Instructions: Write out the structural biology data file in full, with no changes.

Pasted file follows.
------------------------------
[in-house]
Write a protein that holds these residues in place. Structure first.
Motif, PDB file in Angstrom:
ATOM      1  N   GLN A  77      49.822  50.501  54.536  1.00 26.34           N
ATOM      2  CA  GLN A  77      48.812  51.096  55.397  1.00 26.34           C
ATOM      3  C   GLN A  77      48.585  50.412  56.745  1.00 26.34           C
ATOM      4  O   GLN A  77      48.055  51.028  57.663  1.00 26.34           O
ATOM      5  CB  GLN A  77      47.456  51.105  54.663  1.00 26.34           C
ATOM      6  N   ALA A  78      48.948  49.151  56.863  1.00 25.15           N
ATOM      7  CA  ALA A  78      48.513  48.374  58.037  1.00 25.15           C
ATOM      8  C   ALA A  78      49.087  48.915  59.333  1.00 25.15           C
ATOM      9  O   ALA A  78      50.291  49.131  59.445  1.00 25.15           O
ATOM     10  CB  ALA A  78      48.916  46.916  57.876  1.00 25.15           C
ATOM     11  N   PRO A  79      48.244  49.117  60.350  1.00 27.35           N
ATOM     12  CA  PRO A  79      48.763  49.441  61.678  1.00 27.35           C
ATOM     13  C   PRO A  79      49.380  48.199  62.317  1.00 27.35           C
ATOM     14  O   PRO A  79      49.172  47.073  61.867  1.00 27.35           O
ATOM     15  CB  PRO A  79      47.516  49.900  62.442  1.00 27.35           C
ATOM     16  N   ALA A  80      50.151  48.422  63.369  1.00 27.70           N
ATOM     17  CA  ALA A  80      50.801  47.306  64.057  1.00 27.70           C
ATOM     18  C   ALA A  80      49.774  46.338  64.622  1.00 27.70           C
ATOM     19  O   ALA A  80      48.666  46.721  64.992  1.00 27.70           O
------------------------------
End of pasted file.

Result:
[in-house]
Write a protein that holds these residues in place. Structure first.
Motif, PDB file in Angstrom:
ATOM      1  N   GLN A  77      49.822  50.501  54.536  1.00 26.34           N
ATOM      2  CA  GLN A  77      48.812  51.096  55.397  1.00 26.34           C
ATOM      3  C   GLN A  77      48.585  50.412  56.745  1.00 26.34           C
ATOM      4  O   GLN A  77      48.055  51.028  57.663  1.00 26.34           O
ATOM      5  CB  GLN A  77      47.456  51.105  54.663  1.00 26.34           C
ATOM      6  N   ALA A  78      48.948  49.151  56.863  1.00 25.15           N
ATOM      7  CA  ALA A  78      48.513  48.374  58.037  1.00 25.15           C
ATOM      8  C   ALA A  78      49.087  48.915  59.333  1.00 25.15           C
ATOM      9  O   ALA A  78      50.291  49.131  59.445  1.00 25.15           O
ATOM     10  CB  ALA A  78      48.916  46.916  57.876  1.00 25.15           C
ATOM     11  N   PRO A  79      48.244  49.117  60.350  1.00 27.35           N
ATOM     12  CA  PRO A  79      48.763  49.441  61.678  1.00 27.35           C
ATOM     13  C   PRO A  79      49.380  48.199  62.317  1.00 27.35           C
ATOM     14  O   PRO A  79      49.172  47.073  61.867  1.00 27.35           O
ATOM     15  CB  PRO A  79      47.516  49.900  62.442  1.00 27.35           C
ATOM     16  N   ALA A  80      50.151  48.422  63.369  1.00 27.70           N
ATOM     17  CA  ALA A  80      50.801  47.306  64.057  1.00 27.70           C
ATOM     18  C   ALA A  80      49.774  46.338  64.622  1.00 27.70           C
ATOM     19  O   ALA A  80      48.666  46.721  64.992  1.00 27.70           O